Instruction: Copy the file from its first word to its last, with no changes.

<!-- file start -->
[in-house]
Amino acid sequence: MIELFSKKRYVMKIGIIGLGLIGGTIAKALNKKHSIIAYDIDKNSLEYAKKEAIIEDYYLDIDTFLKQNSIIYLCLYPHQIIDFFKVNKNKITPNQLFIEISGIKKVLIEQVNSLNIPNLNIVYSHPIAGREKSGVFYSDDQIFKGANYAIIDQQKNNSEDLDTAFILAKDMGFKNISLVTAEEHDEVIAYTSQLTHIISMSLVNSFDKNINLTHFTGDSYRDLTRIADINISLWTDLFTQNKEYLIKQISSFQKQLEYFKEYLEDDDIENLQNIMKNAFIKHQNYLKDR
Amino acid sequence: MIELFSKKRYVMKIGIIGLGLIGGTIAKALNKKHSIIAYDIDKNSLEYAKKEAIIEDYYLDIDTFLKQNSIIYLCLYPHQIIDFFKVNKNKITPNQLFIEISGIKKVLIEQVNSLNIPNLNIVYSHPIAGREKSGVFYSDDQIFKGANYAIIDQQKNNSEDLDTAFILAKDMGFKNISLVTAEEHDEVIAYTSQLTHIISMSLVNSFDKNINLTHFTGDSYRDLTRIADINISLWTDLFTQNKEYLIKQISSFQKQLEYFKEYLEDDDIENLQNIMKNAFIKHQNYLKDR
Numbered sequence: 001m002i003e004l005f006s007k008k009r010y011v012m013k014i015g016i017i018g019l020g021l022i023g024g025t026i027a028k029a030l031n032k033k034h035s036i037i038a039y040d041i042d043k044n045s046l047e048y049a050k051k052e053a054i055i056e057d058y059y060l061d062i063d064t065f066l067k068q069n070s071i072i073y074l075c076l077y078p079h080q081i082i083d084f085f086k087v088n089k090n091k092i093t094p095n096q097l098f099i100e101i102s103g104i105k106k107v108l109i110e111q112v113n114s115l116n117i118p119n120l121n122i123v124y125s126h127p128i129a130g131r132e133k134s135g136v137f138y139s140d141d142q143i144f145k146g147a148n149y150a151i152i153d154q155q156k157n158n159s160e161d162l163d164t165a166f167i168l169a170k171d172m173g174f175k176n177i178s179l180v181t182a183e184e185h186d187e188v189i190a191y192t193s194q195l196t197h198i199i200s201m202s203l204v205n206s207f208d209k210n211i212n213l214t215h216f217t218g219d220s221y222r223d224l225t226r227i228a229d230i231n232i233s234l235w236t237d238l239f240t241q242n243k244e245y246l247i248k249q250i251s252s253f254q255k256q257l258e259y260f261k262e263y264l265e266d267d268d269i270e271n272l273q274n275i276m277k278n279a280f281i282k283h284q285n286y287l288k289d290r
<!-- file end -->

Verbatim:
[in-house]
Amino acid sequence: MIELFSKKRYVMKIGIIGLGLIGGTIAKALNKKHSIIAYDIDKNSLEYAKKEAIIEDYYLDIDTFLKQNSIIYLCLYPHQIIDFFKVNKNKITPNQLFIEISGIKKVLIEQVNSLNIPNLNIVYSHPIAGREKSGVFYSDDQIFKGANYAIIDQQKNNSEDLDTAFILAKDMGFKNISLVTAEEHDEVIAYTSQLTHIISMSLVNSFDKNINLTHFTGDSYRDLTRIADINISLWTDLFTQNKEYLIKQISSFQKQLEYFKEYLEDDDIENLQNIMKNAFIKHQNYLKDR
Amino acid sequence: MIELFSKKRYVMKIGIIGLGLIGGTIAKALNKKHSIIAYDIDKNSLEYAKKEAIIEDYYLDIDTFLKQNSIIYLCLYPHQIIDFFKVNKNKITPNQLFIEISGIKKVLIEQVNSLNIPNLNIVYSHPIAGREKSGVFYSDDQIFKGANYAIIDQQKNNSEDLDTAFILAKDMGFKNISLVTAEEHDEVIAYTSQLTHIISMSLVNSFDKNINLTHFTGDSYRDLTRIADINISLWTDLFTQNKEYLIKQISSFQKQLEYFKEYLEDDDIENLQNIMKNAFIKHQNYLKDR
Numbered sequence: 001m002i003e004l005f006s007k008k009r010y011v012m013k014i015g016i017i018g019l020g021l022i023g024g025t026i027a028k029a030l031n032k033k034h035s036i037i038a039y040d041i042d043k044n045s046l047e048y049a050k051k052e053a054i055i056e057d058y059y060l061d062i063d064t065f066l067k068q069n070s071i072i073y074l075c076l077y078p079h080q081i082i083d084f085f086k087v088n089k090n091k092i093t094p095n096q097l098f099i100e101i102s103g104i105k106k107v108l109i110e111q112v113n114s115l116n117i118p119n120l121n122i123v124y125s126h127p128i129a130g131r132e133k134s135g136v137f138y139s140d141d142q143i144f145k146g147a148n149y150a151i152i153d154q155q156k157n158n159s160e161d162l163d164t165a166f167i168l169a170k171d172m173g174f175k176n177i178s179l180v181t182a183e184e185h186d187e188v189i190a191y192t193s194q195l196t197h198i199i200s201m202s203l204v205n206s207f208d209k210n211i212n213l214t215h216f217t218g219d220s221y222r223d224l225t226r227i228a229d230i231n232i233s234l235w236t237d238l239f240t241q242n243k244e245y246l247i248k249q250i251s252s253f254q255k256q257l258e259y260f261k262e263y264l265e266d267d268d269i270e271n272l273q274n275i276m277k278n279a280f281i282k283h284q285n286y287l288k289d290r